MsPhD has some interesting responses in the comments to my post from a few days ago addressing the issue of strategic planning of an experimental research program. Here are a few particular excerpts that I will address below the fold:

Our mentors, beg to inform you, have ZERO novel ideas of their own.

I have NEVER met or heard of a ‘mentor’ who knows the ins and outs of technical things as well as the lab members do.
In this day and age, there are no PIs who can keep up.

[I]t belies the Apprenticeship part of the system. To get new things to work at the bench, you have to be willing to work at it. Yourself. Your mentor will not help you.

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Today’s offering for the Reader interested in drug abuse issues is the Psychedelic Research blog. This appears to be a brand-spanking new effort with the first introductory post on May 27 which indicates:

This is a blog to track research and events relating to the scientific study of hallucinogens and consciousness. I hope that documenting my readings here will be interesting or even helpful to others. My writing goals with this blog are relatively modest: I primarily aim to provide abstracts from papers, linking to them whenever possible, with occasional brief comments about what interests me.

So without much track record or content yet, what drew my eye?

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An editorial in Nature Neuroscience [h/t: writedit] describes an in-house study they undertook to compare

citations to individual articles and reviews in Nature Neuroscience (February-December, 2005) with download statistics from our website. Downloads represented the total PDF page views for any particular manuscript within the first 90 days of being posted online (including Advanced Online Publication (AOP) time).

Interesting. I’ve been pondering the potential value of article download stats for some time now so I’m intrigued by any investigation into such metrics. Perhaps this will be the start of a trend. (I will warn you in advance, however, not to expect an actual study as such out of this narrowly constrained slice of data.)

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An editorial in Nature Neuroscience [h/t: writedit] describes an in-house study they undertook to compare

citations to individual articles and reviews in Nature Neuroscience (February-December, 2005) with download statistics from our website. Downloads represented the total PDF page views for any particular manuscript within the first 90 days of being posted online (including Advanced Online Publication (AOP) time).

Interesting. I’ve been pondering the potential value of article download stats for some time now so I’m intrigued by any investigation into such metrics. Perhaps this will be the start of a trend. (I will warn you in advance, however, not to expect an actual study as such out of this narrowly constrained slice of data.)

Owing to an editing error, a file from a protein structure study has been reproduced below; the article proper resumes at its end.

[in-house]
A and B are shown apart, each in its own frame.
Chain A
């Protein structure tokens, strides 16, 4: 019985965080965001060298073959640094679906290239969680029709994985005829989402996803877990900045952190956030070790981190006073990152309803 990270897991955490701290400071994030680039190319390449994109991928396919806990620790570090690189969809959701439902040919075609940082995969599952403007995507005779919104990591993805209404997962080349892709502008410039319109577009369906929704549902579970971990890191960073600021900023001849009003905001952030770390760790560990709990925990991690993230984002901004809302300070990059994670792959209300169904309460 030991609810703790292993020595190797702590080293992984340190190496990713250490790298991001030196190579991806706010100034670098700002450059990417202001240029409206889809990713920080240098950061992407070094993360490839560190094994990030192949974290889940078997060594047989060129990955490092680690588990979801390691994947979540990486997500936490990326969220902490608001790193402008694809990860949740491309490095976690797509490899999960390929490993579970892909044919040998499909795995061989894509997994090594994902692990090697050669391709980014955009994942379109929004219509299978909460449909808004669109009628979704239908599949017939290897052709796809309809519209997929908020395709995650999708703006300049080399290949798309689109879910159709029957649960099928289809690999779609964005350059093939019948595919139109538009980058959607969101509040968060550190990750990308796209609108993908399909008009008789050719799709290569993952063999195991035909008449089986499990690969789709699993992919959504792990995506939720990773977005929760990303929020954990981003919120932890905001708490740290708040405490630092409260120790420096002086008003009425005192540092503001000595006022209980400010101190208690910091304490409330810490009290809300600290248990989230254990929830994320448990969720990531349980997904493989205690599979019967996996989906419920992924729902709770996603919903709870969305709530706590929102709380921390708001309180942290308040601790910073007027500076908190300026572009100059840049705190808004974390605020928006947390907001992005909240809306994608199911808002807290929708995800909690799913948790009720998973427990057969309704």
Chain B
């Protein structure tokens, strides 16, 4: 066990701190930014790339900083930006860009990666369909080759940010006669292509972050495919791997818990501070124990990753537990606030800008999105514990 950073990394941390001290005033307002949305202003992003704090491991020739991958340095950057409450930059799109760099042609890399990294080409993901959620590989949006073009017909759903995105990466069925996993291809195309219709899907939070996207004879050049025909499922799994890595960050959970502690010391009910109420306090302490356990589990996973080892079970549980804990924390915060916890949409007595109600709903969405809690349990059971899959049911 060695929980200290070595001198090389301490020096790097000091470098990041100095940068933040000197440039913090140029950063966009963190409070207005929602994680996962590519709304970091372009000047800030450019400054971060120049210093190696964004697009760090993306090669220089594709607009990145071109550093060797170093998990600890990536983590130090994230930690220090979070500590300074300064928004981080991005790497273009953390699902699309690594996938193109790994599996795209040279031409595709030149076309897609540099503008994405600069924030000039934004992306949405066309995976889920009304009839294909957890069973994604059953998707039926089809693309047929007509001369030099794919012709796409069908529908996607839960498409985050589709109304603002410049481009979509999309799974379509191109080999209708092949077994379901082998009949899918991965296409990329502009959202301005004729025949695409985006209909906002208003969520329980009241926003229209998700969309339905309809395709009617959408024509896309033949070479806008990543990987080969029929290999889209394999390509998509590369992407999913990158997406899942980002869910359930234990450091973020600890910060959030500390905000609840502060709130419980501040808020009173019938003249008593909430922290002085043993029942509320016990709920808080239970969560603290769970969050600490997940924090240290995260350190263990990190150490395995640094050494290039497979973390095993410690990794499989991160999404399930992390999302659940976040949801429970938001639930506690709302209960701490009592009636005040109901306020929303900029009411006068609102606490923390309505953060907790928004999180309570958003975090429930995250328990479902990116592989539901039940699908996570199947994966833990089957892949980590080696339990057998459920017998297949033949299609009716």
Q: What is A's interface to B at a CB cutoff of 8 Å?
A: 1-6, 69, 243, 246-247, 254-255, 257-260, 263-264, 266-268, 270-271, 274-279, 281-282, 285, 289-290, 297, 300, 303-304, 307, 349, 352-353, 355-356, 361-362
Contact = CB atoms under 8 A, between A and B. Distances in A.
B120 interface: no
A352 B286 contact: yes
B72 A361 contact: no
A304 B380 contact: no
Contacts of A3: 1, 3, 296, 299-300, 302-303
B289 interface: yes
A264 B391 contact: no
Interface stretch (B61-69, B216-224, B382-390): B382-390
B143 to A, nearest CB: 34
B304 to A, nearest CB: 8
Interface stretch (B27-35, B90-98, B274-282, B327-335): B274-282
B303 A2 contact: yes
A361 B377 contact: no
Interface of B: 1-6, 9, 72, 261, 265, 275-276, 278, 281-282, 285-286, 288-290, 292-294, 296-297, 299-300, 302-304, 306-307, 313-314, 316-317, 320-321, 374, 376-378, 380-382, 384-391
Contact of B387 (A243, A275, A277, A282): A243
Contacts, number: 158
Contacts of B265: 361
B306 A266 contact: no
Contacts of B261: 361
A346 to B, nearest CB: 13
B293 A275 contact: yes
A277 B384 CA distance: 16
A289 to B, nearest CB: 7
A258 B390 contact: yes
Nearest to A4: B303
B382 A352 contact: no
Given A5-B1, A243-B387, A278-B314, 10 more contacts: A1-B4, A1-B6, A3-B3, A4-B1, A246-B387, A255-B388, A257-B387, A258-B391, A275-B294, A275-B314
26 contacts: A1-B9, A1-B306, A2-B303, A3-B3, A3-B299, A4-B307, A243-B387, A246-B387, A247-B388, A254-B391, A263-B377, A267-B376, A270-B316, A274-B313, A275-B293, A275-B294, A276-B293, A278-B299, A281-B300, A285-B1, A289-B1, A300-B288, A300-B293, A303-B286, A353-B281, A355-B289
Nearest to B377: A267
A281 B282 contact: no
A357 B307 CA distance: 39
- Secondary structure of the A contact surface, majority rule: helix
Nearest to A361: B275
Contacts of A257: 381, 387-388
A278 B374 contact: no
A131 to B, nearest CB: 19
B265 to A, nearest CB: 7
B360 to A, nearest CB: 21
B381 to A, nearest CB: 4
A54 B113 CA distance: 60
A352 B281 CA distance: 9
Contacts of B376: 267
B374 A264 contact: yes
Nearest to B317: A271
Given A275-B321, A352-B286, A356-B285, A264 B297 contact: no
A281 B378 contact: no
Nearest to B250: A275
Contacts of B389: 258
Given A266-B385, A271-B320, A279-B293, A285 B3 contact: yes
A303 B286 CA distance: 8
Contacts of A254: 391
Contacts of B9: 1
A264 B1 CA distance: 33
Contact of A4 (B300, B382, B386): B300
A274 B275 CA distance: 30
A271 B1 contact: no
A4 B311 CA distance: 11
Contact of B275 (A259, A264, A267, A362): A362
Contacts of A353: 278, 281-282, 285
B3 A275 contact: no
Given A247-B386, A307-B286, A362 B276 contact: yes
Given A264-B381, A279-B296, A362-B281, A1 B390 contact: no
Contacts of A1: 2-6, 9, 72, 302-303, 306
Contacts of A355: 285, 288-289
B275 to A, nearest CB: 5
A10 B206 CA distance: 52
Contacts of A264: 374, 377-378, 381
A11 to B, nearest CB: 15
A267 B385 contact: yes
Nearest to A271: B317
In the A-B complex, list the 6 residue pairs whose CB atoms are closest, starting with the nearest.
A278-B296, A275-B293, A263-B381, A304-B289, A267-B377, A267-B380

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PhysioProf’s recent post on how to ensure a publication in a top ranked journal such as Cell, Nature or Science contained a couple of snobby, insulting comments that makes the steam come out of my ears. This comment for example

This is what is meant by “scientific taste”, and without it, it will be difficult to publish in good journals, secure independent PI positions, and obtain grant support.

came pretty near to launching a frenzy of maddened SIWOTI typing. “Scientific taste”? Scientific TASTE? Are you on crack?

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I have recently noticed some fatalism among some of our junior colleagues–post-docs and recently independent PIs–concerning their prospects of completing “interesting” projects and getting them published in top journals, either field-specific or C/N/S-level. For example, Sciencewoman recently posted about her feelings of inadequacy triggered by a more junior colleagues recent publication in a C/N/S-level journal:

Why is it that the other guy is getting a very high profile paper and I’m struggling to get results that will merit publication at all?

And her first answer (among others) was as follows:

He’s luckier than me. He got a project that worked.

The take home message of this DrugMonkey post is that “luck”–whatever the fuck that word even means–is only one factor among many. And the other factors are much more within the control of the scientist. To see what these factors are, and how to take control of them, jump below the fold. (Also below the fold is an update that addresses management of multiple projects to diversify risk/reward.)

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Perusing the list of NIH Funding Opportunities and Notices for this week I find two notices of great interest.
PureEdge and CCR registration are dead!

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